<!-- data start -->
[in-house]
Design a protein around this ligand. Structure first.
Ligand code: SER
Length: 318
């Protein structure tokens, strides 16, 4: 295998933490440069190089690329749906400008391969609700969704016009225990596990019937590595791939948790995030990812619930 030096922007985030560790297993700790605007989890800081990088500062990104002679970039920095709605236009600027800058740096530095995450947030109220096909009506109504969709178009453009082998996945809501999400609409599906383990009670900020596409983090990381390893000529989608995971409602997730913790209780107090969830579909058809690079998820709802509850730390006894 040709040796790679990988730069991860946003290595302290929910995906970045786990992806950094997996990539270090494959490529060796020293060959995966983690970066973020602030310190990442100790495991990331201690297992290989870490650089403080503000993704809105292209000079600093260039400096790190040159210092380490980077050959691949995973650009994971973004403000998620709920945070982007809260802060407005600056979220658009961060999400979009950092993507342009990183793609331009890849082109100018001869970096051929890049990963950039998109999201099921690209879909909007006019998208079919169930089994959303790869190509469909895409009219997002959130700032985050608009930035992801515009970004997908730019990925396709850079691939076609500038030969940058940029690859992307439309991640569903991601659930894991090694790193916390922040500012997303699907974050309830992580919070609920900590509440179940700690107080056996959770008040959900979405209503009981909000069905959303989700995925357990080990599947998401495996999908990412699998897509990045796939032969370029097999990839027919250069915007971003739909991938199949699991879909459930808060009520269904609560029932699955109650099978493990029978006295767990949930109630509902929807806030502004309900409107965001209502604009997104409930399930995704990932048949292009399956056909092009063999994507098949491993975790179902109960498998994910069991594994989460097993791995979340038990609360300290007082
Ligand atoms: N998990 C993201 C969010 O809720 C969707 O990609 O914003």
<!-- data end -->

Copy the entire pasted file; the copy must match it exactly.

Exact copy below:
[in-house]
Design a protein around this ligand. Structure first.
Ligand code: SER
Length: 318
């Protein structure tokens, strides 16, 4: 295998933490440069190089690329749906400008391969609700969704016009225990596990019937590595791939948790995030990812619930 030096922007985030560790297993700790605007989890800081990088500062990104002679970039920095709605236009600027800058740096530095995450947030109220096909009506109504969709178009453009082998996945809501999400609409599906383990009670900020596409983090990381390893000529989608995971409602997730913790209780107090969830579909058809690079998820709802509850730390006894 040709040796790679990988730069991860946003290595302290929910995906970045786990992806950094997996990539270090494959490529060796020293060959995966983690970066973020602030310190990442100790495991990331201690297992290989870490650089403080503000993704809105292209000079600093260039400096790190040159210092380490980077050959691949995973650009994971973004403000998620709920945070982007809260802060407005600056979220658009961060999400979009950092993507342009990183793609331009890849082109100018001869970096051929890049990963950039998109999201099921690209879909909007006019998208079919169930089994959303790869190509469909895409009219997002959130700032985050608009930035992801515009970004997908730019990925396709850079691939076609500038030969940058940029690859992307439309991640569903991601659930894991090694790193916390922040500012997303699907974050309830992580919070609920900590509440179940700690107080056996959770008040959900979405209503009981909000069905959303989700995925357990080990599947998401495996999908990412699998897509990045796939032969370029097999990839027919250069915007971003739909991938199949699991879909459930808060009520269904609560029932699955109650099978493990029978006295767990949930109630509902929807806030502004309900409107965001209502604009997104409930399930995704990932048949292009399956056909092009063999994507098949491993975790179902109960498998994910069991594994989460097993791995979340038990609360300290007082
Ligand atoms: N998990 C993201 C969010 O809720 C969707 O990609 O914003």